• Facebook set to unfriend anonymous snooping[The Independent]– I genuinely doubt this will be rolled out on Timelines; it’d reduce time spent on Facebook. Stalking – more advertising views, after all.”The end is nigh for anonymous stalking on the social media website Facebook. The website has announced that it is going to start letting users know who has viewed items on the social network, a change which is expected to cause the amount of online snooping to plummet. For now, the change to the Facebook website, which has more than 900m active users, applies to group pages, meaning users can see who has visited any group of which they are a member. But already there are suggestions that Facebook may unfurl the technology across the site, meaning the naughty-naughty-stalky-stalky generation may soon see their fingerprint-free snooping habits curtailed, or face the embarrassment of their ex’s new boyfriend/girlfriend realising they were too curious to resist an online-curtain twitch.”
  • CV Dazzle: Camouflage From Computer Vision by Adam Harvey – “CV Dazzle™ is camouflage from computer vision (CV). It is a form of expressive interference that combines makeup and hair styling (or other modifications) with face-detection thwarting designs. The name is derived from a type of camouflage used during WWI, called Dazzle, which was used to break apart the gestalt-image of warships, making it hard to discern their directionality, size, and orientation. Likewise, the goal of CV Dazzle is to break apart the gestalt of a face, or object, and make it undetectable to computer vision algorithms, in particular face detection. Because face detection is the first step in automated facial recognition, CV Dazzle can be used in any environment where automated face recognition systems are in use, such as Google’s Picasa, Flickr, or Facebook (see CV Dazzle vs PhotoTagger by Face.com). [Via Jill]

Links for September 10th 2010 through September 15th 2010:

  • Myths of the NBN myths [ABC The Drum Unleashed] – Stilgherrian rebukes the common myths associated with the National Broadband Network, showing their false logic and short-sightedness. A good read.
  • The Rise of Apps Culture [Pew Research Center’s Internet & American Life Project] – New Pew study shows Apps are emerging, but far from ubiquitous just yet: “Some 35% of U.S. adults have software applications or “apps” on their phones, yet only 24% of adults use those apps. Many adults who have apps on their phones, particularly older adults, do not use them, and 11% of cell owners are not sure if their phone is equipped with apps. Among cell phone owners, 29% have downloaded apps to their phone and 13% have paid to download apps. “An apps culture is clearly emerging among some cell phone users, particularly men and young adults,” said Kristen Purcell, Associate Director for Research at the Pew Internet Project. “Still, it is clear that this is the early stage of adoption when many cell owners do not know what their phone can do. The apps market seems somewhat ahead of a majority of adult cell phone users.””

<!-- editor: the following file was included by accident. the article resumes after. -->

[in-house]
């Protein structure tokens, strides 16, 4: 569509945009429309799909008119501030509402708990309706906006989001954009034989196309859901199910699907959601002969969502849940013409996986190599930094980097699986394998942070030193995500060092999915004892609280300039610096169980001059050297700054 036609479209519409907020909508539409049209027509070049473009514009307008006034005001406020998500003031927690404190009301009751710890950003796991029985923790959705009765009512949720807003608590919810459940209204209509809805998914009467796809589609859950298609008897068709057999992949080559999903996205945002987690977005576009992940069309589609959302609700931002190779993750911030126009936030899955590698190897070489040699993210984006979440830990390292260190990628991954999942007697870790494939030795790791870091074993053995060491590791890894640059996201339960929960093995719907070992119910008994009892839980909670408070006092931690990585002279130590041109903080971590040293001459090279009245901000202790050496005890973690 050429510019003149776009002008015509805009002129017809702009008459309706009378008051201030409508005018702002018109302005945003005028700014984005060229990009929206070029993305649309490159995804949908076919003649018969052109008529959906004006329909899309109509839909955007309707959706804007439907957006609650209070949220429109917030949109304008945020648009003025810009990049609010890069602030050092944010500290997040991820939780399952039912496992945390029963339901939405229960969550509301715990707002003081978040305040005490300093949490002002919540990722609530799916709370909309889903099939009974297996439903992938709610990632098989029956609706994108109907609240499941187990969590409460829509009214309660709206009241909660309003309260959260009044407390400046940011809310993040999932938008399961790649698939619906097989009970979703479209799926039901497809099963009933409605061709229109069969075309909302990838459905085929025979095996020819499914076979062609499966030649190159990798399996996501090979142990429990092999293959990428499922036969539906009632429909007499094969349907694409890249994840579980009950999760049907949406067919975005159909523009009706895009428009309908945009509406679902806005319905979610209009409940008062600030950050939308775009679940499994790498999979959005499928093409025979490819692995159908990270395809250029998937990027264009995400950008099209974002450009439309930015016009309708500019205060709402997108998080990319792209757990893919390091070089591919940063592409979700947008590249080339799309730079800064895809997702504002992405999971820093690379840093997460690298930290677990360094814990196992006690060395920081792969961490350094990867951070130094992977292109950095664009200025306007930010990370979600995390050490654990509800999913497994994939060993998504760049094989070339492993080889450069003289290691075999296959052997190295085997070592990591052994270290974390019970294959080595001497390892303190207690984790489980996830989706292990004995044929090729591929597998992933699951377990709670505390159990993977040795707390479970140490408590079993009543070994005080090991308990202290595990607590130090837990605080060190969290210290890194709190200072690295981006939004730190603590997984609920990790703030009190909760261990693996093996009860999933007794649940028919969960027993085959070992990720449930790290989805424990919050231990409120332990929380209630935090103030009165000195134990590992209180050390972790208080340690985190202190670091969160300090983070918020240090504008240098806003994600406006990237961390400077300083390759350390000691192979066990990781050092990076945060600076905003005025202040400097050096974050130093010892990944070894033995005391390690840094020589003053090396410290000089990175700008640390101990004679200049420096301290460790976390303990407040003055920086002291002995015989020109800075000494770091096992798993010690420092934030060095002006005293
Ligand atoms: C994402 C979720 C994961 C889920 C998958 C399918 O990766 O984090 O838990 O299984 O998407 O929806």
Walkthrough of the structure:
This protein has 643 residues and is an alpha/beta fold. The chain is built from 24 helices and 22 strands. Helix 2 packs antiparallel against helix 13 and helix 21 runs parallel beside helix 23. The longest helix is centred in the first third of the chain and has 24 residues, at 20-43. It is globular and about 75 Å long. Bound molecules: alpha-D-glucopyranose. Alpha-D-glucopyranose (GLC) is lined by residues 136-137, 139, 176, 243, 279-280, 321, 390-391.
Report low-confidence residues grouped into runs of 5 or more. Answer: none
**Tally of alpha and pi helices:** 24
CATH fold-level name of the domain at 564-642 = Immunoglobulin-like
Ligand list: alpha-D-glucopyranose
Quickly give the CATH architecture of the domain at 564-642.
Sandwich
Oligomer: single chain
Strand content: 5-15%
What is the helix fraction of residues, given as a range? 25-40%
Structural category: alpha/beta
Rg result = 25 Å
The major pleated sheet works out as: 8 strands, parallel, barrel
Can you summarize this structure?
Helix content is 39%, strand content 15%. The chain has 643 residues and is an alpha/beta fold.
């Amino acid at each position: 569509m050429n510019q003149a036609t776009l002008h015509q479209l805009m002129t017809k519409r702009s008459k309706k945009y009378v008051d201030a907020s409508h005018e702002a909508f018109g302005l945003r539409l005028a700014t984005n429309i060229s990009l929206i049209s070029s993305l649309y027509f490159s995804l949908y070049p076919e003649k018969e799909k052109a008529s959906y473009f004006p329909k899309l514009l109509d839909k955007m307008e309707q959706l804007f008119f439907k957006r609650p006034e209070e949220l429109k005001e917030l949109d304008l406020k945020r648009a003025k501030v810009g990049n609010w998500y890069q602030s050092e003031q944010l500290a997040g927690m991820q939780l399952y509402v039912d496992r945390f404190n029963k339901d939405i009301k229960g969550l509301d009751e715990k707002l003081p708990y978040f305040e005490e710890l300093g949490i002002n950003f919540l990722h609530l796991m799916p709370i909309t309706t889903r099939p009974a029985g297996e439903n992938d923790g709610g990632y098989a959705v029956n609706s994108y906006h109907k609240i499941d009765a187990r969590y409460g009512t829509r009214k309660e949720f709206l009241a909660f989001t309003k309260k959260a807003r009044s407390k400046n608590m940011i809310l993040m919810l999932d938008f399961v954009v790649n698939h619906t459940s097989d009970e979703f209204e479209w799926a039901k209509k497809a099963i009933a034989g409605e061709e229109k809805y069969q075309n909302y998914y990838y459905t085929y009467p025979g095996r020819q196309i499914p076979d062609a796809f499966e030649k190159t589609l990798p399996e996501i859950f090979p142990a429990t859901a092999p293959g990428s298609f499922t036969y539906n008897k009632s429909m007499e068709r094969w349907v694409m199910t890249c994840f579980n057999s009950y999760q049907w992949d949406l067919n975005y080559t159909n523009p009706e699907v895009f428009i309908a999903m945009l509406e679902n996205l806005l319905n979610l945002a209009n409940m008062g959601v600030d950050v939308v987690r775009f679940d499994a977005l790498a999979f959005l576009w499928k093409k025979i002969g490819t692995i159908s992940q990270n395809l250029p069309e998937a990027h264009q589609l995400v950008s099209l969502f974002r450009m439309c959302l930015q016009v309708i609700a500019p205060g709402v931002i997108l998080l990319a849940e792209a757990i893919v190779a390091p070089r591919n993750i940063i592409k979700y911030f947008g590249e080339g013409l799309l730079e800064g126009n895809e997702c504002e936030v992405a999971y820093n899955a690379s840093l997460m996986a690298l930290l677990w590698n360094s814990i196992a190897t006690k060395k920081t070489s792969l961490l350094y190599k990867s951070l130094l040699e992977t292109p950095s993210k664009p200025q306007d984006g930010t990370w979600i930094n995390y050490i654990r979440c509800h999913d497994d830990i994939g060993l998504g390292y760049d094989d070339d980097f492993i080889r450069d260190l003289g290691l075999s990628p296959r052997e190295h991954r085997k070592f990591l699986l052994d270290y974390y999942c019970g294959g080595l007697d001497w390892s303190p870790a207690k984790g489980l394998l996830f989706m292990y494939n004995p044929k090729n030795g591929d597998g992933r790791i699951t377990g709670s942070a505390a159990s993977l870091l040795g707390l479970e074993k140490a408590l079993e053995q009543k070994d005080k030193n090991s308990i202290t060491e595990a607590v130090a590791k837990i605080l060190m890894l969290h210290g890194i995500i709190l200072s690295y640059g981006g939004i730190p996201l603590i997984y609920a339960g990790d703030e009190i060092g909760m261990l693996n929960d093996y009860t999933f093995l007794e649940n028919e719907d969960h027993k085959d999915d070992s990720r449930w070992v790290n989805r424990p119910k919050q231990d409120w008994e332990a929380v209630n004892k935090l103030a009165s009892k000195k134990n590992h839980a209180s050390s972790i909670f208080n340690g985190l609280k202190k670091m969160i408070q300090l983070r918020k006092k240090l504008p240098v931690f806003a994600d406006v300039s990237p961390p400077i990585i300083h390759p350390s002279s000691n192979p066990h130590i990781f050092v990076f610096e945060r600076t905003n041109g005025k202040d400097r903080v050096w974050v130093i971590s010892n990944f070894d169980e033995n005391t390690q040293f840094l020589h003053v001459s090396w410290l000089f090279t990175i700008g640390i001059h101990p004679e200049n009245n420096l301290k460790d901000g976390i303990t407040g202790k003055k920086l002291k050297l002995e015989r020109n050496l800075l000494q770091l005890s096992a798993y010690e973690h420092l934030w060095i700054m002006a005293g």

• The Agnostic Cartographer – John Gravois [Washington Monthly] – Interesting article looking at the politics behind all maps, but especially Google Maps – trying to create one definitive map for the world, when so many maps are bound to particular nations, politics and cultures, means a lot of diplomacy or a lot of disputes (both are currently happening).
  • musing on child naming and the Internet [danah boyd | apophenia] – (Unborn) kids and digital footprints: “I am of the age where many of my friends are having kids and so I’ve been exposed to more conversations about what to name one’s child than I ever could’ve imagined. I’m sure people have always had long contested discussions with their partners and friends about naming, but I can’t help but laugh at the role that the Internet is playing in these conversations today. I clearly live in a tech-centric world so it shouldn’t be surprising that SEO and domain name availability are part of the conversation. But I’m intrigued by the implicit assumption in all of this… namely, that it’s beneficial for all individuals to be easily findable online and, thus, securing a fetus’ unique digital identity is a tremendous gift.”
  • ‘That is so gay!’ [ABC The Drum Unleashed] – Matthew Sini on Stephanie Rice’s recent Twitter controversy: “A certain tweeting swimmer used the word faggot recently in a haphazard, inelegant and wholly unconscious way the other day. As many Rice-lovers have vocally pointed out, the intention behind the word choice was clearly not to insult. But that is the point. When you can use this sort of language in such a casual way, you have displayed an ignorance of very material prejudice and a history of oppression and suffering. Both Stephanie Rice, and me and my friends, make light of this history of suffering, but the difference is Rice does not acknowledge it when making light. She can only be accused of ignorance. In the same way that many ‘kids today’ use the phrase ‘that’s so gay’ or some cognate of it to describe something that is undesirable.”